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Saturday, September 15, 2007

In the interest of full disclosure ...

I found myself suggesting to the S.F. Chronicle photographer who had arrived at my cubicle to take me on a photo shoot for this weekend's spread on the Ken Burns' epic -- that he check out my blog. I was uncomfortable that I'd written a scathing critique on "The War!" back in the spring when I'd been a member of the pre-screening audience at San Francisco's Castro theater. I was furious! (See March 15, 2007 in the archives - "Betty bitchin' in the balcony!")

I wasn't all that sure that they'd want to use me as their subject after reading what I thought of the Burns documentary. After all this spread is to be published in support of the presentation of the 15-hour series (check your listings for times and dates in your area).

In subsequent days I've been increasingly unhappy with the fact that the Latino community had raised so much hell that Ken Burns had eventually succumbed to the criticism and gone back into the studios to increase coverage of their role in the war. Where was my community? Why was there no outcry from African Americans? In seeing just pieces of each segment that night, had I simply not seen the story of the black experience? Was I grossly unfair to Ken Burns?

As I write this, I have no idea whether the writer (the photographer mentioned that the story would be done by one of the staff writers) read that piece and therefore decided to edit out all references to me, or, if he had decided to ignore the rantings of an old woman and written his story using existing online information from my blog or oral history from the Bancroft Library. Have no idea. I do know that he did not call for an interview. But I'll pick up a copy of the Sunday Chronicle and learn whether I wound up on the cutting-room floor after all.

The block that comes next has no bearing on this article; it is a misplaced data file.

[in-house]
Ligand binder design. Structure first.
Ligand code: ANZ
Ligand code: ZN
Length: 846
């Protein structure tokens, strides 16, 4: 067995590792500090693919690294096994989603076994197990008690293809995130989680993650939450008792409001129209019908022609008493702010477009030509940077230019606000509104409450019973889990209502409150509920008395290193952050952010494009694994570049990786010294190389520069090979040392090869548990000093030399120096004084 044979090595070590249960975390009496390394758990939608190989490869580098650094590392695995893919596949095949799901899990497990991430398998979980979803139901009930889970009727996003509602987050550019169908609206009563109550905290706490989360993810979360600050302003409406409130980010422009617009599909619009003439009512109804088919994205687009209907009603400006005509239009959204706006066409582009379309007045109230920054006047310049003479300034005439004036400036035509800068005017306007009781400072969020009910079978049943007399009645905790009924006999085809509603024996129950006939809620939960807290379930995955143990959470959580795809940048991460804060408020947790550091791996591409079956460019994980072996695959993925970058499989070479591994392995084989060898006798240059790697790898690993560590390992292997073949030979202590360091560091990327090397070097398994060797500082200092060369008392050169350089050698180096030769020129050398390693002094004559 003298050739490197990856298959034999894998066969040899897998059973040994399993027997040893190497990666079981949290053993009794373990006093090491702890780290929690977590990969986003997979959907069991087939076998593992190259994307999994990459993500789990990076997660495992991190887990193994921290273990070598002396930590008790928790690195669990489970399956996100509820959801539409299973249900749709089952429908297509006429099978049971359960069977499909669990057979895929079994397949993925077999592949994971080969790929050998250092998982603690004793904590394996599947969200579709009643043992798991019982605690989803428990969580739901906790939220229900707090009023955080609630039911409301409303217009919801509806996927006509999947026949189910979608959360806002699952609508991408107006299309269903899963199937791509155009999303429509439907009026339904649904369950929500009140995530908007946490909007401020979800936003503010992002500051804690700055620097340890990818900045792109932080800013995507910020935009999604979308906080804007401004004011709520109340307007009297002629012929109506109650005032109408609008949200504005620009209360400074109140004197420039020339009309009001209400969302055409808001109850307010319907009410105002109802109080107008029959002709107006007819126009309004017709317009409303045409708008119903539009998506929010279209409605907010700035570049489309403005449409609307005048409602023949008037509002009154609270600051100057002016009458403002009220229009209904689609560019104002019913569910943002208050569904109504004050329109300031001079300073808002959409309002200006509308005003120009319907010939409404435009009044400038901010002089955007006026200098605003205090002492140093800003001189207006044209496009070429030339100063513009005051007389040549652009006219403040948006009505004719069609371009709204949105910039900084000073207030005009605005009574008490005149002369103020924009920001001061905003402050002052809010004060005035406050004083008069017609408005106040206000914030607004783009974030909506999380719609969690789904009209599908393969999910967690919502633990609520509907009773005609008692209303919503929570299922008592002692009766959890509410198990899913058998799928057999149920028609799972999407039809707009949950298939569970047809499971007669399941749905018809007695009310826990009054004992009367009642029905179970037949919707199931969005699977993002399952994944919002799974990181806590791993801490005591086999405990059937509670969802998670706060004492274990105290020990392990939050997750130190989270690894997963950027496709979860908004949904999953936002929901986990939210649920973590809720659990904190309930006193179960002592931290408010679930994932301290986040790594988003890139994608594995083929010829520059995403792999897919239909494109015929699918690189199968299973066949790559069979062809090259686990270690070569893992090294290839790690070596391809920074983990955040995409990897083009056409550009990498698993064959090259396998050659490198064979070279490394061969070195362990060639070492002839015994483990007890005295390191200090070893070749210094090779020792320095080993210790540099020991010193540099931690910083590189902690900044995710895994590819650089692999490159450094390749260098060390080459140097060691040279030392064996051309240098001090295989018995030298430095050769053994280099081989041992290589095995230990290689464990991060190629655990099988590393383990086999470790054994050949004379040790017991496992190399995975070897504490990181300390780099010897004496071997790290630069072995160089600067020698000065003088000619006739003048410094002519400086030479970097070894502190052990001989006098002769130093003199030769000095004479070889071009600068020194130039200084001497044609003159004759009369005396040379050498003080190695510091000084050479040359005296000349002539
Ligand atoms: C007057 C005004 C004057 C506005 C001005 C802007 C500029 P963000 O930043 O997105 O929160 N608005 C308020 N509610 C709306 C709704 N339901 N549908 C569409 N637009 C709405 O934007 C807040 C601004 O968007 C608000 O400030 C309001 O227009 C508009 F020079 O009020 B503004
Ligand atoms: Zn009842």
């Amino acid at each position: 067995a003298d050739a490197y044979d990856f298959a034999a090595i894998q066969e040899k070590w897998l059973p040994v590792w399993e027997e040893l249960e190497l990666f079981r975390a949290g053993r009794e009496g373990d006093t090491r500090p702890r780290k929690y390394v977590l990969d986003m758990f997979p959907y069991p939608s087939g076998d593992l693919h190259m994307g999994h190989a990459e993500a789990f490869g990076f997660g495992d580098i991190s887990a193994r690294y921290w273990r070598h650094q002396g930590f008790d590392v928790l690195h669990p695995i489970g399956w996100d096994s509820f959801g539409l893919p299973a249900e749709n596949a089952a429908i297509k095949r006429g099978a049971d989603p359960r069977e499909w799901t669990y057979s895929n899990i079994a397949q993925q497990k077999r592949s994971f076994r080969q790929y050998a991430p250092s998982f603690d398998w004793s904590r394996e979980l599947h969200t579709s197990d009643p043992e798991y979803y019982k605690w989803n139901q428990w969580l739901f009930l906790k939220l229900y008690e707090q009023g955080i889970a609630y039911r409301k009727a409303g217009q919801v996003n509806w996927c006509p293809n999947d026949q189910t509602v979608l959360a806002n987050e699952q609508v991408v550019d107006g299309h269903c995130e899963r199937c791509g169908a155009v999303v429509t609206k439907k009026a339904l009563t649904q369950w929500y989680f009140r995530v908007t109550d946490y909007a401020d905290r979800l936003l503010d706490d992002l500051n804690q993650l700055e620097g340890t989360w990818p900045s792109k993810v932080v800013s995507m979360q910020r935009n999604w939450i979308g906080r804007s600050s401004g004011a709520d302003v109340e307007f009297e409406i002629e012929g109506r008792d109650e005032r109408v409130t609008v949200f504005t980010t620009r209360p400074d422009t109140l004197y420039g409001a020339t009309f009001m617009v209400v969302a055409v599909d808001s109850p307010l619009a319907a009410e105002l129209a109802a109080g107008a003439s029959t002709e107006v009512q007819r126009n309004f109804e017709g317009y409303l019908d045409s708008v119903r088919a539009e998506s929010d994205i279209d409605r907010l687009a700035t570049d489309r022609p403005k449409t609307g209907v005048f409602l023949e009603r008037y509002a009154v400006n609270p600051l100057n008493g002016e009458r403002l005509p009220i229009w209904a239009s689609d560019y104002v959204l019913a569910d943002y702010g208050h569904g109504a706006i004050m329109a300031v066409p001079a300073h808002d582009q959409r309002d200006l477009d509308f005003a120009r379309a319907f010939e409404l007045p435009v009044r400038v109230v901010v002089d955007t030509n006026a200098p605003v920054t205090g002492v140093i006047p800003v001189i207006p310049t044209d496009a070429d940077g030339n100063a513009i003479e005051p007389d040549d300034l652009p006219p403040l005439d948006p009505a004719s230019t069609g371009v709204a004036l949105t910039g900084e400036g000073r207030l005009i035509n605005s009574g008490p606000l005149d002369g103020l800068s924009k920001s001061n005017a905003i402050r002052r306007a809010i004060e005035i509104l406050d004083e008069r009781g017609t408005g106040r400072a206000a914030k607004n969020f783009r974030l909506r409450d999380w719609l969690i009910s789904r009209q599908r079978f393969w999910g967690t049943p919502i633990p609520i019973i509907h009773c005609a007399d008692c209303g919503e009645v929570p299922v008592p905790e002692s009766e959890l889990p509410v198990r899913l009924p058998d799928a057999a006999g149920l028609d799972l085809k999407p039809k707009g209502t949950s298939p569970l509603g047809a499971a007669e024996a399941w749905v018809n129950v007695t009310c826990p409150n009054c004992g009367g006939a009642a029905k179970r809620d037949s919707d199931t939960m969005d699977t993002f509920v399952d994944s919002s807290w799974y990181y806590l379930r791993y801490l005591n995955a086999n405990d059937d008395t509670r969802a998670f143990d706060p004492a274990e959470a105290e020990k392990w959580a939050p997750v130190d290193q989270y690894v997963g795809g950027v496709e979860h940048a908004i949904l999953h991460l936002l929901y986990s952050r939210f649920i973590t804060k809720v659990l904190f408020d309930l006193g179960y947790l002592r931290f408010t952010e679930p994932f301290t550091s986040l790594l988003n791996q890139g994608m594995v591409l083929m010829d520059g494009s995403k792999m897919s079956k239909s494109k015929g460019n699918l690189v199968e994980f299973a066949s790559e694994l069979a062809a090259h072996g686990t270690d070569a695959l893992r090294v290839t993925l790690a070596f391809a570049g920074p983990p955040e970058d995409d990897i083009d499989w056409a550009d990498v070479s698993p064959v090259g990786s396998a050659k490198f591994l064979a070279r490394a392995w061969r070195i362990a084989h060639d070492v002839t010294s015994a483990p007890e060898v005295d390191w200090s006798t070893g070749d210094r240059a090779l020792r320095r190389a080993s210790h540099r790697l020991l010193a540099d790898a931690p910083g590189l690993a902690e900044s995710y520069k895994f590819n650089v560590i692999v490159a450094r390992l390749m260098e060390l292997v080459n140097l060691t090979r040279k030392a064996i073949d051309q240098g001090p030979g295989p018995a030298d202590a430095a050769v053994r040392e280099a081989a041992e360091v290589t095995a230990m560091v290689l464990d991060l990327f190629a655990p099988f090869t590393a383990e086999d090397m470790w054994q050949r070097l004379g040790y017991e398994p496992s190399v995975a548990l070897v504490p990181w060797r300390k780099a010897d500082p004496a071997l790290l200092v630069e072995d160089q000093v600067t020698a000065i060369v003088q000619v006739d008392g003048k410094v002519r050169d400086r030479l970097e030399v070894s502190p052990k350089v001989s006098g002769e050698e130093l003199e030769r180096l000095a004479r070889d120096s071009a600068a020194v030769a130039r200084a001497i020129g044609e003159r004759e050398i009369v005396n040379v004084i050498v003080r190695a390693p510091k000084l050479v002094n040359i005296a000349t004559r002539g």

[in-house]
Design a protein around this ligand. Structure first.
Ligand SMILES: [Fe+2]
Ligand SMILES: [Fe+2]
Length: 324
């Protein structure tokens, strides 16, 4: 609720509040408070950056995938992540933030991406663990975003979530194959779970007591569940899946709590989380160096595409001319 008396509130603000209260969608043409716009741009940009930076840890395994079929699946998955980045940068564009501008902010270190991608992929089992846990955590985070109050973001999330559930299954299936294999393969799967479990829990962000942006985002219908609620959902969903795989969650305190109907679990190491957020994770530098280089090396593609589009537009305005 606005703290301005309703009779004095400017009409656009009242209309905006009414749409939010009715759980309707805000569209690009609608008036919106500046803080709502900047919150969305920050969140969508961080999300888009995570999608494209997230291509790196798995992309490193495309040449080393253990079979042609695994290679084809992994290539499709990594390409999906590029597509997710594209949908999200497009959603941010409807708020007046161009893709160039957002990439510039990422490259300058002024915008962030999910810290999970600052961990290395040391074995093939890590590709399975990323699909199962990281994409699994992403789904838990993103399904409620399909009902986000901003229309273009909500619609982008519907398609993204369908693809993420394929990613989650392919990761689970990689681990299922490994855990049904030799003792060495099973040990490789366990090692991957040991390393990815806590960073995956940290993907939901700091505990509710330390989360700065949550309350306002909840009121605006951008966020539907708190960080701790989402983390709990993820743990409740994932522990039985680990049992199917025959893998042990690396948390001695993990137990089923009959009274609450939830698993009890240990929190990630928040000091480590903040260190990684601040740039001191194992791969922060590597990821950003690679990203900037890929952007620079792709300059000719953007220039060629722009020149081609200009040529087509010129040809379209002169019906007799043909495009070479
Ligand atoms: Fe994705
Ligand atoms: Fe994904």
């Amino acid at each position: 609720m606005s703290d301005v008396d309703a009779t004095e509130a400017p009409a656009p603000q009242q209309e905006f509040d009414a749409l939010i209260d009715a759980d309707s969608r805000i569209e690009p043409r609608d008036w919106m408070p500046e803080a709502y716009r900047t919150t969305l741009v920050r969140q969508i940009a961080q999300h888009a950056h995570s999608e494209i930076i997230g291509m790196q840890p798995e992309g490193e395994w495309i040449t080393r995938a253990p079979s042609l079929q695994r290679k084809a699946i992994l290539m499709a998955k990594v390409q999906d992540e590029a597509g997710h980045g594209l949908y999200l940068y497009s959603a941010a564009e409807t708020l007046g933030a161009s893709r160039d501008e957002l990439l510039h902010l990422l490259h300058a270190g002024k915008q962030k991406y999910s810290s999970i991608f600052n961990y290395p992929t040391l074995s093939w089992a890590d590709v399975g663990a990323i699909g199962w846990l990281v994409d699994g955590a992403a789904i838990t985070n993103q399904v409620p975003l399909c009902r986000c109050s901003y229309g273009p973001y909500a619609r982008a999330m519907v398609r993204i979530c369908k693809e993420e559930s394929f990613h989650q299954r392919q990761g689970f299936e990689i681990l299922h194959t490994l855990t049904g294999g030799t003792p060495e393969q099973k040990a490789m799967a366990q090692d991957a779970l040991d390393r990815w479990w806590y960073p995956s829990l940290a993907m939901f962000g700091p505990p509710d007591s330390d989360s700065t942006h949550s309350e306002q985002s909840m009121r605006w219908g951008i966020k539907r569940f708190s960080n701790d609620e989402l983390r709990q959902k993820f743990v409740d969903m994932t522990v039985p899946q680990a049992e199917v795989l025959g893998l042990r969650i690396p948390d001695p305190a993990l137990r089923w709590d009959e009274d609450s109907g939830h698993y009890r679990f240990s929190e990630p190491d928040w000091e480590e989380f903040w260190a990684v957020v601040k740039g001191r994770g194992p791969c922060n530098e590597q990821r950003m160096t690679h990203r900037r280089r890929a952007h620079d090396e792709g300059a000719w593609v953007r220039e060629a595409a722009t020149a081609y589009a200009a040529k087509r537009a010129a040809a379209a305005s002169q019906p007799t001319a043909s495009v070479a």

If it means a retraction of my impressions of the Ken Burns epic, ... that's not possible. When I went back to re-read what I'd written that night, it felt real and true, and an accurate description of how it felt to sit in the back row of that balcony and have all of the pain of rejection and humiliation rise again in my throat, feel the rush of blood block my ears against the sounds around me, and threaten to cut off my breathing -- and to be unable to scream lest I embarrass myself and those around me... .

The story of our lives ... .

There has never been a time when I've had more to write about ...

Yet I'm finding it impossible to write -- from the center of a vortex. My fingers freeze over the keyboard, and I sit here in virtual silence while my brain races on wildly! So much is happening to me at a time when everything I know would suggest the opposite should be true at this stage in life. This writer's block has been true for two weeks now, and there seems to be little to be done about it.

I'm learning that "celebrity" is neither comfortable nor a guarantor of self-confidence. I'm forgetting things and losing a sense of control over small but important facets of my life. I worry that the confusion is less related to the multiple demands on my psyche and more by my newfound fame. It may be no more than the simple fact of aging. Is it beginning to happen now -- after this long stint of slipping by the physical and mental slowdown being experienced by so many of my contemporaries?

I vacillate between wanting to proudly preen in my fancy ranger uniform and distinctive hat and hiding under my desk or losing myself behind the screen of my computer for hours at a time. I've gradually grown used to telephone calls from reporters and columnists -- but always with the nagging question about where they all were when I was 26 -- 36 -- and surely just as aware and thoughtful as now; though surely without the experiences of later life which defined me.